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These military spouses are fighting one senator's hold on military promotions

From left: Janessa Schilmoeller, Tonya Murphy, Sarah Streyder, Brandi Jones and Kate Marsh Lord.
Troy Mosley
From left: Janessa Schilmoeller, Tonya Murphy, Sarah Streyder, Brandi Jones and Kate Marsh Lord.

Alabama Sen. Tommy Tuberville's disagreement with a Pentagon policy on abortion is upheaving life plans for hundreds of military families. Now those families are petitioning Senate leaders to intervene on their behalf.

Who are they? Hundreds of military family members have signed a petition delivered to the offices of Senate leaders Chuck Schumer and Mitch McConnell, as well as Tuberville's office.

  • The petition was started by the Secure Families Initiative — a nonprofit dedicated to civic engagement within military families.
  • Tuberville is creating huge logistical headaches for hundreds of people in and around the armed forces by holding up military confirmations in protest. Without those positions confirmed, families with young children find themselves stuck between homes and school districts as the start of the school year approaches.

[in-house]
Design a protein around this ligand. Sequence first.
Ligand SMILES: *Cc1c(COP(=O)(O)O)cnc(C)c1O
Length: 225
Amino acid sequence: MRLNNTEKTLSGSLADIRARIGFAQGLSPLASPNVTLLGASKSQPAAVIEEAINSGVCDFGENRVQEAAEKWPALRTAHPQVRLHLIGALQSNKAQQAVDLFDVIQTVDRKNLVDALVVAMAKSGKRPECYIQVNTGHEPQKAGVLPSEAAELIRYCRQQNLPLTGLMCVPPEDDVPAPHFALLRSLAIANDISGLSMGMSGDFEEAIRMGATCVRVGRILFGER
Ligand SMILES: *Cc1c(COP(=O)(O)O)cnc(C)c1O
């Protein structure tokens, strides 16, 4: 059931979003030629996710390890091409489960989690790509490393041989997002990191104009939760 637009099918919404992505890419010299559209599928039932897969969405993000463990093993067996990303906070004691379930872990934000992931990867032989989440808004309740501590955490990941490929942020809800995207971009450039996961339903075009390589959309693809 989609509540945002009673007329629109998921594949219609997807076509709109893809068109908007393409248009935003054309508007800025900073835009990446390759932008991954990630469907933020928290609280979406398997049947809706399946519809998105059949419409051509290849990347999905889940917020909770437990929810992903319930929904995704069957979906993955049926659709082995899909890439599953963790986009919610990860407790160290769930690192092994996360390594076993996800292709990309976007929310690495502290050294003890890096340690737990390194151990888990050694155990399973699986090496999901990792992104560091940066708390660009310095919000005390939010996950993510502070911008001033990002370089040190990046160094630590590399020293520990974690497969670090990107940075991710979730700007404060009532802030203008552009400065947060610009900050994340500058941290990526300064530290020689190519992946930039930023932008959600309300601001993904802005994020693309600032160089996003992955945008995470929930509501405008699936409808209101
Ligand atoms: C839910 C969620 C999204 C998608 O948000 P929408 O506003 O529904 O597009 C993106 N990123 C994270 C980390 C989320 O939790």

• What's the big deal? Tuberville's decision has left military positions and families in limbo until a resolution is found.

  • In February, Tuberville, a Republican, began withholding the required Senate approval for military promotions. Senate rules make it hard for Senate leadership to override his objections.
  • Tuberville is protesting a Pentagon policy that grants leave and travel expenses to military personnel who have to travel out of state for abortion services. The policy went into effect after Roe v. Wade was overturned and abortion access was no longer guaranteed across the country.
  • Tuberville believes the policy violates the Hyde Amendment that bans federal funding for abortion. The Justice Department's Office of Legal Counsel has advised that the provision is legal.
  • The White House argues that Tuberville is risking military readiness. Tuberville does not believe that this block is impacting national security, and stated in a press call that, "If they would move their illegal policy for abortion back the way it was and let's vote on it on the floor,  it'd be very simple, very easy. We can do that today and whether it passes or doesn't pass doesn't make any difference, I would drop my holds."